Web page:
Tuesday, July 30, 2019

ABQ Press Club Skyriting

Skyriters at the Albuquerque Press Club
“ABQ Press Club Skyriting”

Post-Script: The Press Club is located at 201 Highland Park Circle, situated atop a hill that overlooks downtown ABQ. It was built in 1903 by the architect Charles F. Whittlesey as his personal residence, who in the early 1900s was the chief architect in charge of hotels and stations for the Santa Fe Railroad, and who designed most of the grand stations and hotels for the railroad, such as the Fred Harvey hotels. The house was designed and built while he was designing El Tovar at Grand Canyon, in the same Norwegian Villa style.

Albuquerque Press Club Ceiling

The Whittlesey residence changed hands over the years, but in the 1970s was purchased by the Press Club, in whose hands it remains today.

I still had thoughts on my mind from the day's previous video production, where I mused on the adequacy of manual versus electronic typewriters as writing tools. When Kevin had invited me to the Club, he mentioned bringing his Skyriter. I was planning on bringing the Remington Ten Forty that I've been servicing, but instead decided a pair of Skyriters would be appropriate. My Skyriter still intermittently skips, whereas Kevin's hasn't had that problem. His is a Spanish keyboard version, and he speculates that, even though his machine is a few years older, perhaps it didn't have the wear and tear that mine had. Since I've done about all the cleaning, degreasing and lubricating that I can do, and have also referenced the service manual procedure, I suspect the skipping may be due to worn parts in the escapement. The machine works fine when I type pedantically, two-fingered, at a slow, even pace. So, in keeping with the video I'd just made, I've decided to work within the limitations of the machine, accepting it as imperfect yet "good enough," using it for "slow typing," such as when composing one's thoughts onto paper, rather than transcribing previously written material at a faster pace. A cogitating typer. Other than the skipping, it's a nice machine, and sports the longer carriage return lever than Kevin's version.

The video I posted is also the first one using my new Go Pro Hero 7 Black. It has excellent image stabilization for handheld shooting, and has a linear mode that straightens out the extreme fisheye distortion of these wide angle lenses. I've had to attach some sticky wind muffs to the mic holes in its carrying case, to dampen the effects of wind noise, and will soon be acquiring an adapter dongle for using an external mic.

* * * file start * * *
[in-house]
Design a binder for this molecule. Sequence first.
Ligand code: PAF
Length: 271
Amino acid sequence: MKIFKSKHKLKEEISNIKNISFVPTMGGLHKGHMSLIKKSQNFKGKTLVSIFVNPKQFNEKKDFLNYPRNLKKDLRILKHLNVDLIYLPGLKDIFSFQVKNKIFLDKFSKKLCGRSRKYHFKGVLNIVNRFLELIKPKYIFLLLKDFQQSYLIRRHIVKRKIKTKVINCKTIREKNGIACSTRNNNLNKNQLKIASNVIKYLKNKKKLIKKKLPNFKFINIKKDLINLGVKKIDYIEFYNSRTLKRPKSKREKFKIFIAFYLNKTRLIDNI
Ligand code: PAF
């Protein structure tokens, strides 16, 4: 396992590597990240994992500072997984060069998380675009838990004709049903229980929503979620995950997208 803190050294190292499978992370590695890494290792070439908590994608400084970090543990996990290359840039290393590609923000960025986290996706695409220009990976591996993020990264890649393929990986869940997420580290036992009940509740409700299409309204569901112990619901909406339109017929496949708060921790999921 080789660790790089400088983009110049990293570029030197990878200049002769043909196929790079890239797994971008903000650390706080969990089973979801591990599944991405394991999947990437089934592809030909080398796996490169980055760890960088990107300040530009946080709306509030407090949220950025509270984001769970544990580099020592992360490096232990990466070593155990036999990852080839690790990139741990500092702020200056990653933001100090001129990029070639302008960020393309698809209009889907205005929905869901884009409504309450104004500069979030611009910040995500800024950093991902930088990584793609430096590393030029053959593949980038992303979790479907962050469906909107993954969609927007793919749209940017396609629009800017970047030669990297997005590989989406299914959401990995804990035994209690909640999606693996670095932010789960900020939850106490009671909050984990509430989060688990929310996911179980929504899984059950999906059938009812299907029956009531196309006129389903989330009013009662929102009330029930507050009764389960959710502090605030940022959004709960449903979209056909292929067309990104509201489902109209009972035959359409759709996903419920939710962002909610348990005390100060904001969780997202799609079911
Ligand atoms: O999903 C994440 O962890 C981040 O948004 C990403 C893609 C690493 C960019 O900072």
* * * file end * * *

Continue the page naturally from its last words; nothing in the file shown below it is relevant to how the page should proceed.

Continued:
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Blogger Bill M said...

Very nice video, Joe. you make a lot of good points. No typewriter, like any device is perfect. Perhaps the most perfect is an IBM Selectric. Even those have a problem: they take up a lot of space. Even the electric/electronic typewriters need service, and the plastic parts, pulleys, belts, and couplings may not be available with out a parts machine (same as a manual needing a part). Some even have odd ribbon cartridges.

Did you check the Universal bar on your Skyriter? There may be tabs out of shape if the skips are most always the same key.

2:59 PM  
Blogger Mike said...

Thanks for the details on the Press Club. I think that caretakers cottage next-door might be the nicest place to live in the city.
Your camera work in that video was great. I'm curious how you managed to keep the Go Pro so steady and well-oriented.

7:10 AM  
Blogger Joe V said...

Thank you. The Hero 7 Black has built-in image stabilization. And I shot in 2.7k, higher than 1080P but not as memory-hungry as 4K. It has a linear mode where it corrects for the fisheye distortion.

10:46 AM  

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